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US Airways' New Pilot Leader Calls Himself a 'Peacemaker'

By Ted Reed
The Street.com

The new president of the US Airways pilots union said he has always been "a peacemaker" and wants to continue that role by moving to end conflict between two factions of pilots and between pilots and the airline.

"Everyone's looking for a bit of a change," said Gary Hummel, a 56-year-old Philadelphia-based Airbus captain, in an interview. "I think the [America West] pilots, as well as the company, are looking forward to having a peacemaker, and my role in life has [often] been that. I've always believed that trust is something you extend, not something you receive."

In the election for leadership of the U.S. Airline Pilots Association, a remarkably high 89.3% of 3,872 eligible pilots voted. Hummel received 63% of the votes for president, besting Eric Ferguson. In races for vice president and executive vice president, pilots affiliated with Hummel won by similar majorities. Stephen Bradford, USAPA's founding president, was elected vice president, while Steve Smyser was elected executive vice president. New three-year terms begin April 18.

Ever since a 2005 merger between US Airways, known as "the east," and America West, pilots have been split by a controversial seniority ruling. Pilots agreed to "final and binding" arbitration, but the ruling seemed to so strongly favor west pilots that east pilots, who had a two-thirds majority, voted to leave the Air Line Pilots Association after 57 years and create a new union. That majority was reflected in the leadership election.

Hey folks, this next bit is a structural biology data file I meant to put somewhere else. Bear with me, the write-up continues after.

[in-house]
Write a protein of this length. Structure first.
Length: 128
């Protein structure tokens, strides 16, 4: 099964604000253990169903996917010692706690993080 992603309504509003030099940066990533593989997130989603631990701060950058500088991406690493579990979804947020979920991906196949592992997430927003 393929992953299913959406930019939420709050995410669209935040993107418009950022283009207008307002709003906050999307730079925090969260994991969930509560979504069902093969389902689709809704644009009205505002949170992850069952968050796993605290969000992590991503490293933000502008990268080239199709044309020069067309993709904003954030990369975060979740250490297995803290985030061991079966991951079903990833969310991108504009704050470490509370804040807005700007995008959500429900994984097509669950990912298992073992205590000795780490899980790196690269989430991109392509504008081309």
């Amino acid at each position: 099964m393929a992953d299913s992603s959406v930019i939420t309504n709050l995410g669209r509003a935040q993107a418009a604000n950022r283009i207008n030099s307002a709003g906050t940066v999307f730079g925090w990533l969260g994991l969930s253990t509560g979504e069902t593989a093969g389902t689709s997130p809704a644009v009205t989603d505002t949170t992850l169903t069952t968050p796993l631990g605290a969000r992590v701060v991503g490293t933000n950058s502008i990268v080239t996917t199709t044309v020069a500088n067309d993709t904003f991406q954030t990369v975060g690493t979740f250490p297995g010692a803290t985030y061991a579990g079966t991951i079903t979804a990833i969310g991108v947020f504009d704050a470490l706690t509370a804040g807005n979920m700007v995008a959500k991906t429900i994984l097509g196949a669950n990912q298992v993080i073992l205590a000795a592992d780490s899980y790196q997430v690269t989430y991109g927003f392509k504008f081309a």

Hummel said pilots should work together and let the courts decide what will happen with seniority. A judge's decision is pending in a case that has been heard in U.S. District Court in Phoenix.

Soon after taking office, Hummel said he intends to unveil a new initiative to inspire pilot group harmony. "We need to find a way to turn down the volume and get down to business," which includes negotiating a new contract, he said.

In this, Hummel has support from both airline management and Ferguson.

US Airways CEO Doug Parker called Hummel to congratulate him soon after results were announced. "We look forward to working with USAPA's new leadership team," said airline spokeswoman Michelle Mohr. Under Hummel's predecessor, Mike Cleary, who did not seek re-election, the relationship was contentious even before pilots mounted a safety slowdown in the spring of 2011.

Ferguson, who has also congratulated Hummel, said, "Beyond seniority, I have few disagreements with Gary. He will make a great president and he will have my support on all the goals we share. I look forward to sweeping changes for the union, and I will hold him to his pledges to make them." He said he expects "a lot more west involvement than we have had in the past."

Once the court rules -- one way or the other -- the airline should see a clear path to contract negotiations, Ferguson said, noting that "there are 30 sections of the contract. If you take out section 22, which deals with seniority, you still have 29 others you can be working on."
Looking ahead to the possibility of a merger attempt with bankrupt AMR (AAMRQ.PK), which US Airways management is pursuing, Hummel said, "We are very sympathetic to our fellow pilots at American.

"US Airways pilots and American pilots have a lot in common," Hummel said. "After the 9/11 attacks, American pilots took billions in contract concessions that remain in effect, and US Airways pilots lost their retirements and paychecks and gave up $1 billion in concession." If a deal is made, he said, "it must include a commitment by management that recognizes the sacrifices that pilots have made to keep the airlines flying."

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